• E06B9/00Screening or protective devices for wall or similar openings, with or without operating or securing mechanisms; Closures of similar construction
    • GPHYSICS
    • G10MUSICAL INSTRUMENTS; ACOUSTICS
    • G10KSOUND-PRODUCING DEVICES; METHODS OR DEVICES FOR PROTECTING AGAINST, OR FOR DAMPING, NOISE OR OTHER ACOUSTIC WAVES IN GENERAL; ACOUSTICS NOT OTHERWISE PROVIDED FOR
    • G10K11/00Methods or devices for transmitting, conducting or directing sound in general; Methods or devices for protecting against, or for damping, noise or other acoustic waves in general
    • G10K11/16Methods or devices for protecting against, or for damping, noise or other acoustic waves in general
    • AHUMAN NECESSITIES
    • A47FURNITURE; DOMESTIC ARTICLES OR APPLIANCES; COFFEE MILLS; SPICE MILLS; SUCTION CLEANERS IN GENERAL
    • A47BTABLES; DESKS; OFFICE FURNITURE; CABINETS; DRAWERS; GENERAL DETAILS OF FURNITURE
    • A47B2200/00General construction of tables or desks
    • A47B2200/0084Accessories for tables or desks
    • A47B2200/0085Supplementary support fixed on the edge of a desk or table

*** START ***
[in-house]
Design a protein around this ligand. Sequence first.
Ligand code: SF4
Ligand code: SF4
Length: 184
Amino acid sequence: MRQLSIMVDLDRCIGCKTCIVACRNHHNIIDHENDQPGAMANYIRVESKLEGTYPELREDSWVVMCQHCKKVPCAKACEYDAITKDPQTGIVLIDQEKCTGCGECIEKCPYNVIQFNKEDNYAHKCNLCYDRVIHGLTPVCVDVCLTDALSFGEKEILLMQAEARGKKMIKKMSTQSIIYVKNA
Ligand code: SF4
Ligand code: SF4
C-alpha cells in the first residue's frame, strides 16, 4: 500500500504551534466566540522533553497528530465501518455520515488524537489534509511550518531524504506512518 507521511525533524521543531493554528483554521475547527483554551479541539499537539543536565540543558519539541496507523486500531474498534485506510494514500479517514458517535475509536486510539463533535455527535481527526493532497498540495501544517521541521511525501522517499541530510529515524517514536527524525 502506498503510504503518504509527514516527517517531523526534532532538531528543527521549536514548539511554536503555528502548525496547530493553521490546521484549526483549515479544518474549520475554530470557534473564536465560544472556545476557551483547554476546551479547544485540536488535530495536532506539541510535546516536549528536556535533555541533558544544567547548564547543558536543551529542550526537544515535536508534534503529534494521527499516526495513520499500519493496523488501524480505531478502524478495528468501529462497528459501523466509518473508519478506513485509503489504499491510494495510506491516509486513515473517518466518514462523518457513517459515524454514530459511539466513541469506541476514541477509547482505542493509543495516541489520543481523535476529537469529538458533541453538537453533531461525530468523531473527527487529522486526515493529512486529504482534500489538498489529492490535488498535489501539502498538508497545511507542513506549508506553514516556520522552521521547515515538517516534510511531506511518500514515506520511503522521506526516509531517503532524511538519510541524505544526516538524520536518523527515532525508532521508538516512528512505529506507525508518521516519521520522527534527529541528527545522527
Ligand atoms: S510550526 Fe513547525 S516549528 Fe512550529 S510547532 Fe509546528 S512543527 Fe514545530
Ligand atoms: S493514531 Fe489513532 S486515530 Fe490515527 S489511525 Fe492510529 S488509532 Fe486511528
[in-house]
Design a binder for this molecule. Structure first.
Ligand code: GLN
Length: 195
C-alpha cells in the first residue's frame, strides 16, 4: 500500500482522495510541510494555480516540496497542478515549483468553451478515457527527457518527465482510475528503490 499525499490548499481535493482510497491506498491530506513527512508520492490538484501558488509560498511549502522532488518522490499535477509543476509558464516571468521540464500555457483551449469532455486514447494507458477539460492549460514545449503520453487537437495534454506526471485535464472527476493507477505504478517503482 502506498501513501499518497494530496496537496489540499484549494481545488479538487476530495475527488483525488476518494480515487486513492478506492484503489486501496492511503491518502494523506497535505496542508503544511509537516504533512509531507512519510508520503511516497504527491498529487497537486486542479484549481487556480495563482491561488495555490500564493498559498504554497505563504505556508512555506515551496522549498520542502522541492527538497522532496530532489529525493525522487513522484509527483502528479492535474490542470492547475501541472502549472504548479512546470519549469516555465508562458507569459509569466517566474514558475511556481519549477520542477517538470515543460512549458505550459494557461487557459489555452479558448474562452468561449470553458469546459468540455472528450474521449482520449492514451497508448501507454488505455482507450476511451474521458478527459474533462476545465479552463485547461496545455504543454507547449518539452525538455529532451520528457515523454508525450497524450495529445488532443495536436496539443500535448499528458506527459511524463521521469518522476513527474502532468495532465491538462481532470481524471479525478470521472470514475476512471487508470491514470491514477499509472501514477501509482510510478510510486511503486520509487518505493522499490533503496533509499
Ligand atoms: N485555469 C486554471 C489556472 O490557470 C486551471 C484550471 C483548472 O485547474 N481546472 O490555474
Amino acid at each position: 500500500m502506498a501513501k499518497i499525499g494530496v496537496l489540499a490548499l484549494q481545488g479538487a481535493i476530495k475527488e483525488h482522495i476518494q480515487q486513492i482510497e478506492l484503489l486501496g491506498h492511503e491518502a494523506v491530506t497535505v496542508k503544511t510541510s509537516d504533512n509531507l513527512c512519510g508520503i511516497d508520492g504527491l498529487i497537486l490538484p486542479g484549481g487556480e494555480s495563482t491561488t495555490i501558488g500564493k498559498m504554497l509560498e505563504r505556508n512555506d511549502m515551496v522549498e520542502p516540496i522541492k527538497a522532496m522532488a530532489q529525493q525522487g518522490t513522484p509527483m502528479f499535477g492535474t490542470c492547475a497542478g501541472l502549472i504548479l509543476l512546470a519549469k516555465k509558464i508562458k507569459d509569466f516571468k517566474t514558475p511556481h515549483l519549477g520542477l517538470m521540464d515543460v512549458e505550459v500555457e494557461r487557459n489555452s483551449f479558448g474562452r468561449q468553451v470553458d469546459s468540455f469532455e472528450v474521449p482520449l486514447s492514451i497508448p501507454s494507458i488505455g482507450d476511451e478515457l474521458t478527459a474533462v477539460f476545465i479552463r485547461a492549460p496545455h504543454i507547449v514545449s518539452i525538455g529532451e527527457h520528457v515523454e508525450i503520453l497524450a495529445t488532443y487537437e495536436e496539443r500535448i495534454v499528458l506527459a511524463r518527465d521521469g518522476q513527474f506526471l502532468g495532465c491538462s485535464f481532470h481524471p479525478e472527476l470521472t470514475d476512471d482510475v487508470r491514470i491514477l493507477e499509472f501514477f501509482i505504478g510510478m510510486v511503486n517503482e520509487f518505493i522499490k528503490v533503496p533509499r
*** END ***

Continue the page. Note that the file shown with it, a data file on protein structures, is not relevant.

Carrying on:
• EFIXED CONSTRUCTIONS
    • E04BUILDING
    • E04BGENERAL BUILDING CONSTRUCTIONS; WALLS, e.g. PARTITIONS; ROOFS; FLOORS; CEILINGS; INSULATION OR OTHER PROTECTION OF BUILDINGS
    • E04B1/00Constructions in general; Structures which are not restricted either to walls, e.g. partitions, or floors or ceilings or roofs
    • E04B1/62Insulation or other protection; Elements or use of specified material therefor
    • E04B1/74Heat, sound or noise insulation, absorption, or reflection . Other building methods affording favourable thermal or acoustical conditions, e.g. accumulating of heat within walls
    • E04B1/82Heat, sound or noise insulation, absorption, or reflection . Other building methods affording favourable thermal or acoustical conditions, e.g. accumulating of heat within walls specifically with respect to sound only
    • E04B1/8209Heat, sound or noise insulation, absorption, or reflection . Other building methods affording favourable thermal or acoustical conditions, e.g. accumulating of heat within walls specifically with respect to sound only sound absorbing devices

Abstract

Disclosed are exemplary embodiments of visual and/or acoustic privacy features. For example, exemplary embodiments are disclosed that include visual and/or acoustic privacy features for furniture (e.g., office chair, desk, table, cubicle, etc.). The visual and/or acoustic privacy features are movable relative to the user and/or furniture between at least a first configuration and a second configuration. In the first configuration, the visual and/or acoustic privacy features may be configured such that they do not inhibit the user from interacting with others. In the second configuration, the visual and/or acoustic privacy features may be configured to provide the user with at least some visual and/or acoustic privacy and isolation from others.